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HomeFood and Farming ScienceFrom trash to treasure

From trash to treasure

What started off as an effort to keep Naivasha town clean, evolved into a self-sustaining community farming project and jewellery making business. This was after garbage collector and permaculturist James Kagwe saw an opportunity from the waste he was collecting, which would go into producing healthy organic food for the people living in his community.

“We had partnered with the local government to run a garbage collection service and the people were also working well with us. Initially, we thought we were doing a good job by keeping the town clean as we were consolidating the waste to take it to a designated dumpsite in the area,” said James. However, it soon dawned on him and his team that they were only transferring a problem.

“The dumpsite was next to a housing estate so essentially, we were moving rubbish from a number of housing areas to one and it was counterproductive,” James explained.

This was the turning point that gave rise to Waste to Best Action Group. They realised that the garbage they had been dumping was actually a hot commodity which could be put to use in a circular economy to turn waste into resources.

“Since about 80 per cent of what we collect is domestic waste which is organic, we came up with a project of making organic compost. This compost is used as a component for gardening,” said James adding that organic farming is a system that uses locally available resources and reduces reliance on expensive external inputs.

This is also in line with the principles of permaculture, which is an applied version of agroecology, pegged on designing a farm in patterns and features observed in natural ecosystems. The design also aims to ensure that one practices farming using ways that do not deplete the earth’s natural resources. We met up with him at a plot of land, right off the Naivasha – Nakuru highway, where he works with a team. It is at this spot that they separate all the garbage they have collected and also make the compost manure.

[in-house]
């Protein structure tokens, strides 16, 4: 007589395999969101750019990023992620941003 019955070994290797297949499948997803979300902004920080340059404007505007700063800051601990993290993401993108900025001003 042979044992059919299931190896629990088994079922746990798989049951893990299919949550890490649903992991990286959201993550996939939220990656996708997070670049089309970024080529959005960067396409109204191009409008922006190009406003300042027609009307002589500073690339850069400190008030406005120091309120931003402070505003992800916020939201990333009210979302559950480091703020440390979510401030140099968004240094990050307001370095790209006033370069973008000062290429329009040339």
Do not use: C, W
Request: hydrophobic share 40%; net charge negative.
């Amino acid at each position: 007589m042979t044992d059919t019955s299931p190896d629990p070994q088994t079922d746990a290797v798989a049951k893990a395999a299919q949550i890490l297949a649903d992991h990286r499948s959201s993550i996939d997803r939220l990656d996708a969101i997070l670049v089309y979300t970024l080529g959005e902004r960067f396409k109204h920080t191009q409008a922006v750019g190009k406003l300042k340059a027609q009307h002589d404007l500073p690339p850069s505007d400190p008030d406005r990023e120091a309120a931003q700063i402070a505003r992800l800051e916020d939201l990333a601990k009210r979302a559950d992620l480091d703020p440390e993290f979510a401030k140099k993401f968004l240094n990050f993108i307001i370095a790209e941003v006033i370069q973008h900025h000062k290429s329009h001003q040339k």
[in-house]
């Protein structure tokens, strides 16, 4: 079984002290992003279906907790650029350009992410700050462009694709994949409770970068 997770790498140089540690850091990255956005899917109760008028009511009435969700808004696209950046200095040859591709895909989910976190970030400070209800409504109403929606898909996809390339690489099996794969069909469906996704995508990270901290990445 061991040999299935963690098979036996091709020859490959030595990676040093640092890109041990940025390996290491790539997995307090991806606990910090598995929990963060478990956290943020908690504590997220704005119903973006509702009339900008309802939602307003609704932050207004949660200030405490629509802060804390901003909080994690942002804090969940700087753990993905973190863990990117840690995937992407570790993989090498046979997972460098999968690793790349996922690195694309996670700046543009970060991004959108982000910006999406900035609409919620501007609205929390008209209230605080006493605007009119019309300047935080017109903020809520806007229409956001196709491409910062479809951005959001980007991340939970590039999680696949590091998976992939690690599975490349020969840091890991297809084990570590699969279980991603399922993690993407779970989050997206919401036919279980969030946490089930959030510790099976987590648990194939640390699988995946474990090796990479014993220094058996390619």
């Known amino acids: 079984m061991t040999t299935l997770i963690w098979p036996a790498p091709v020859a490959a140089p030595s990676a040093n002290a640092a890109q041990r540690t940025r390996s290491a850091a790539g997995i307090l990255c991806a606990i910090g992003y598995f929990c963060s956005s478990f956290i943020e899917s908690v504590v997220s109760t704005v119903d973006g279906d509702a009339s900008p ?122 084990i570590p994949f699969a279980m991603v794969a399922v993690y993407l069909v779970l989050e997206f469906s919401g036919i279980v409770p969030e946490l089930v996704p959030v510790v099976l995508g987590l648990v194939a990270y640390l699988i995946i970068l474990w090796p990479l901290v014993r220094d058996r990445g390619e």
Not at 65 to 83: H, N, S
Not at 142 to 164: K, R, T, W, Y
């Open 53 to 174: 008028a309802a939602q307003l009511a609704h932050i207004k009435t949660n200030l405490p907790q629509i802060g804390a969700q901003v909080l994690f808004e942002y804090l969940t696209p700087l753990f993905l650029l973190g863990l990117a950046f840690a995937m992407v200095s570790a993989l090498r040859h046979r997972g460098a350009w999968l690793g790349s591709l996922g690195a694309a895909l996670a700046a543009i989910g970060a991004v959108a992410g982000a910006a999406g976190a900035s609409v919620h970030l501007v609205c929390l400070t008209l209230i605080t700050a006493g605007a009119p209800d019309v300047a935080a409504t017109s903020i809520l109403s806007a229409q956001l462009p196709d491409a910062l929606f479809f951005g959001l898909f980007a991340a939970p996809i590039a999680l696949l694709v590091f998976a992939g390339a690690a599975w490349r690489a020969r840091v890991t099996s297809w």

They use donkey carts to carry the garbage and deliver it to the site where they sort it all out – plastics, glass, food waste, paper, and so on. They sell the plastic bottles at KSh 5 per 1kg, which comprises of about 32 bottles. As for paper waste, they are sold to a recycling company which produces toilet paper or carton boxes.

“In permaculture, we talk about regenerative systems because sustainability means maintain our environment using resources produced naturally,” James explained. On the same parcel of land, they are keeping some animals – sheep, goats, ducks and chicken. The chicken and ducks are particularly resourceful because they help in turning the compost.

The group has other projects in other locations around Naivasha – they run a community garden to offer training on permaculture, a school garden, urban farming and also have a jewellery making component.

The whole idea behind having a community garden is to demonstrate to the people what they do with the trash they collect from their homes – turning it into organic compost. Also, they hope it will inspire people to grow their own food. The training is offered for free. The garden is divided into small sections where each farmer gets to learn how to grow food using the organic compost and learn about the principles of permaculture. At the edges of the farm, there are old items repurposed as plant growing pots. There are broken buckets, basins, old tyres, even a toilet bowl.

Trainer Liz Wagacha said: “We train on mulching, pest control, water harvesting, educate women and the community and are establishing a tree nursery.”

She added that they are already working with some schools in the area to introduce children to agriculture and teach them how healthy food is grown through a weekly training programme.

Elsewhere, Rose Waruguru has created a niche for herself by turning waste into accessories.

“We take the waste paper and make beads from it. We then make necklaces and bracelets using these beads. We also make mats and carpets,” said Rose adding that they are currently working with a group of women who train others from the community.


By Lillian Onyango


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